A seven-page list of roughly 300 surplus items was included in the agenda for Tuesday’s Board of County Commissioners meeting. A staff memo notes that the items will be sold through an online auction, or during a live auction set for Dec. 2 at the sheriff’s compound. Any money collected from the auctions will be returned to the accounts used to buy those items.
What’s available? About a dozen vehicles, mostly pickup trucks. The oldest dates to 1996, while there are five vehicles made in 2006. All but three are in working condition.
The most abundant item on the list is what’s known as an “MSA-PACK Breathing Apparatus,” of which there are about 100 available. It’s typically used by firefighters, but also applies to search and rescue, toxic detection and other scenarios. It also needs periodic re-charging. The tool to do that costs about $150 online.
County Administrator Jason Brown explained that industry standards had changed for the masks. The county bought new ones that conform to the new standards.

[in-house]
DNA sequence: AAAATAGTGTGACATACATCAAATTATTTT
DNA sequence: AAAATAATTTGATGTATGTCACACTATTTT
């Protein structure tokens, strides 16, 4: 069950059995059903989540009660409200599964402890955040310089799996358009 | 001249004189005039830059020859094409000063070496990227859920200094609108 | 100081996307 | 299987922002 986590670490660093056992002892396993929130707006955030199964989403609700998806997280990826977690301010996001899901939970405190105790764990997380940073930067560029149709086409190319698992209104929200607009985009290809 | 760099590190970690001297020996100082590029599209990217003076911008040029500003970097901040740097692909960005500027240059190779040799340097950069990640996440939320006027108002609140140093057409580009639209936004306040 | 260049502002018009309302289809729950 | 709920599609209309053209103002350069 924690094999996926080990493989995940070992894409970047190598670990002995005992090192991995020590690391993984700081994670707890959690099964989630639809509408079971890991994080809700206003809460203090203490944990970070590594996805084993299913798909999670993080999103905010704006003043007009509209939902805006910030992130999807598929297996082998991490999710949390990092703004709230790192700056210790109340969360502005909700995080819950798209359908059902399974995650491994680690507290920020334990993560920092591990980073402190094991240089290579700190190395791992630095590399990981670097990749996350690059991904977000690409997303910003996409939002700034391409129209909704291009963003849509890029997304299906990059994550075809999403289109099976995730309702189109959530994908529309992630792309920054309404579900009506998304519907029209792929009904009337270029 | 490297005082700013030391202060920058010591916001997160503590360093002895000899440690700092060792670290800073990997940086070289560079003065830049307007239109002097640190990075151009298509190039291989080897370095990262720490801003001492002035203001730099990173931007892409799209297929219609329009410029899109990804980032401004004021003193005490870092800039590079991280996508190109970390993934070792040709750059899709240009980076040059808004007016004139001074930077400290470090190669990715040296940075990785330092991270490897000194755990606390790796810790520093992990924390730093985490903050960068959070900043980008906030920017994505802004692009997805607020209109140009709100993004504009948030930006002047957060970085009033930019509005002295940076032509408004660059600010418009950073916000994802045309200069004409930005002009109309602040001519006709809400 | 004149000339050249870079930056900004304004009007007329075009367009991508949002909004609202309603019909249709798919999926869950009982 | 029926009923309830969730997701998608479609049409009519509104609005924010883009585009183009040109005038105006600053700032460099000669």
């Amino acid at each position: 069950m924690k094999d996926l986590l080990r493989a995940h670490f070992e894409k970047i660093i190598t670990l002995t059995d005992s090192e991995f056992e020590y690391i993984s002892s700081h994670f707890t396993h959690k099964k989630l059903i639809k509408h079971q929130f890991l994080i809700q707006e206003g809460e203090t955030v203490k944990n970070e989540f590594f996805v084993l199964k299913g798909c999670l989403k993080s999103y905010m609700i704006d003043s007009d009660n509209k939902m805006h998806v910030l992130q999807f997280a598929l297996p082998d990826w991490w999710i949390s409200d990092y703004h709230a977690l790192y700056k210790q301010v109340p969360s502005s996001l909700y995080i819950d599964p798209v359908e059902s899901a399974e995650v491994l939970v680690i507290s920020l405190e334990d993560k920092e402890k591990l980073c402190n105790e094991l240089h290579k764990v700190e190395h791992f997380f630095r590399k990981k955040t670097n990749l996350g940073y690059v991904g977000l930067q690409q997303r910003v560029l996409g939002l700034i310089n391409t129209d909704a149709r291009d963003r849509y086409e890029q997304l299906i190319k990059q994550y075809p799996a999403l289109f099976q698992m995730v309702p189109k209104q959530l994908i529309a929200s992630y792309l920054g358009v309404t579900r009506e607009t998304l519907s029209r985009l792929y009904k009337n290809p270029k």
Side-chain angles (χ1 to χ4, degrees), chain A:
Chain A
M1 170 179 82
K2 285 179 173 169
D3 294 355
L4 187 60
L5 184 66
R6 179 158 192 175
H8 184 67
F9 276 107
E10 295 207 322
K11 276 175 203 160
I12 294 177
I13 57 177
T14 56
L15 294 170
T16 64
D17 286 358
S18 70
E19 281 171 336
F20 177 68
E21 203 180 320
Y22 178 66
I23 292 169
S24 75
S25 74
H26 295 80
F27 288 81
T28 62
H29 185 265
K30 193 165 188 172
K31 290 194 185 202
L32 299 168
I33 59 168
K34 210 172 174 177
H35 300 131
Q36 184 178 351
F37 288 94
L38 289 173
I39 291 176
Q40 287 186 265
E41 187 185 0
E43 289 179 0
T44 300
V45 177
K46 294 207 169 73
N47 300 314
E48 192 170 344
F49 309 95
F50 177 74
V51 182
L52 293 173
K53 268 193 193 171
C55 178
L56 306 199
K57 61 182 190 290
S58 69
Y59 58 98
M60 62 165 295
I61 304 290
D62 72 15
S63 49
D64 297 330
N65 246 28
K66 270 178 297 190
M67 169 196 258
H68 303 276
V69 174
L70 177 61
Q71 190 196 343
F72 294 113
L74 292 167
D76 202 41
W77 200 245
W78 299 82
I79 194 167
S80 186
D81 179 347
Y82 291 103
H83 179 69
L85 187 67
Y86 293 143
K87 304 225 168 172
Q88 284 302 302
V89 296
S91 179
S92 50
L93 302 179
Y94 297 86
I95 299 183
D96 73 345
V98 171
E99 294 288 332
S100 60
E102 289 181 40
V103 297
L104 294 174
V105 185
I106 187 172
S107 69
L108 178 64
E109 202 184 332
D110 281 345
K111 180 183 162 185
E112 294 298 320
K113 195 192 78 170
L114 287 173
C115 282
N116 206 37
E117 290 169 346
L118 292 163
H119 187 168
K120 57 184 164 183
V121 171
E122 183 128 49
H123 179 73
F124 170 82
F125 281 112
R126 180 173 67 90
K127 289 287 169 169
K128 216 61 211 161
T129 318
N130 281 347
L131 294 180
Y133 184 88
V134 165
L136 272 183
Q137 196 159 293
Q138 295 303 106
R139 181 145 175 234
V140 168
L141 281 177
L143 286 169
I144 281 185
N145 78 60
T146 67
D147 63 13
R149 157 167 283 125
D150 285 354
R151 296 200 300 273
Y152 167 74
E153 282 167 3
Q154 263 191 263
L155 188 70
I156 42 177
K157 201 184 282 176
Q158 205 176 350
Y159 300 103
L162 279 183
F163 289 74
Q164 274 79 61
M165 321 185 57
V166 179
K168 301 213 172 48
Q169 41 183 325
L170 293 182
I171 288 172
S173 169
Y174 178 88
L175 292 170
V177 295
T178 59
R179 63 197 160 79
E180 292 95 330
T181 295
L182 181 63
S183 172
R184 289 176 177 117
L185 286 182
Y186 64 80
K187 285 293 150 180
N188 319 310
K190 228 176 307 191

As for the rest, “This is the stuff we can’t use anymore,” Brown added.
So what does work among the county’s surplus items? Eight of the vehicles, among them a 2006 Ford Crown Victoria. There’s also an aluminum shed, though hauling that item home might pose a challenge given its dimensions: 10 feet wide and 12 feet long.
Among the survivors of early digital age, there are three TV/VHS combos… and they work. The difficult part will be finding VHS tapes to use with them. From the blessings in disguise category, there’s a 4-inch “scum pump” that is also inoperable.
One page listed more than 40 items. Only a 20-inch computer monitor and a tape drive were in working condition. All eight Mastermeter Hand Helds – a tool employees use to read meters or for parking enforcement- no longer work.
There are a few cell phones, one an iPhone. It’s unclear whether they work. In this case, the column revealing that information is non-specific. It reads Y/N.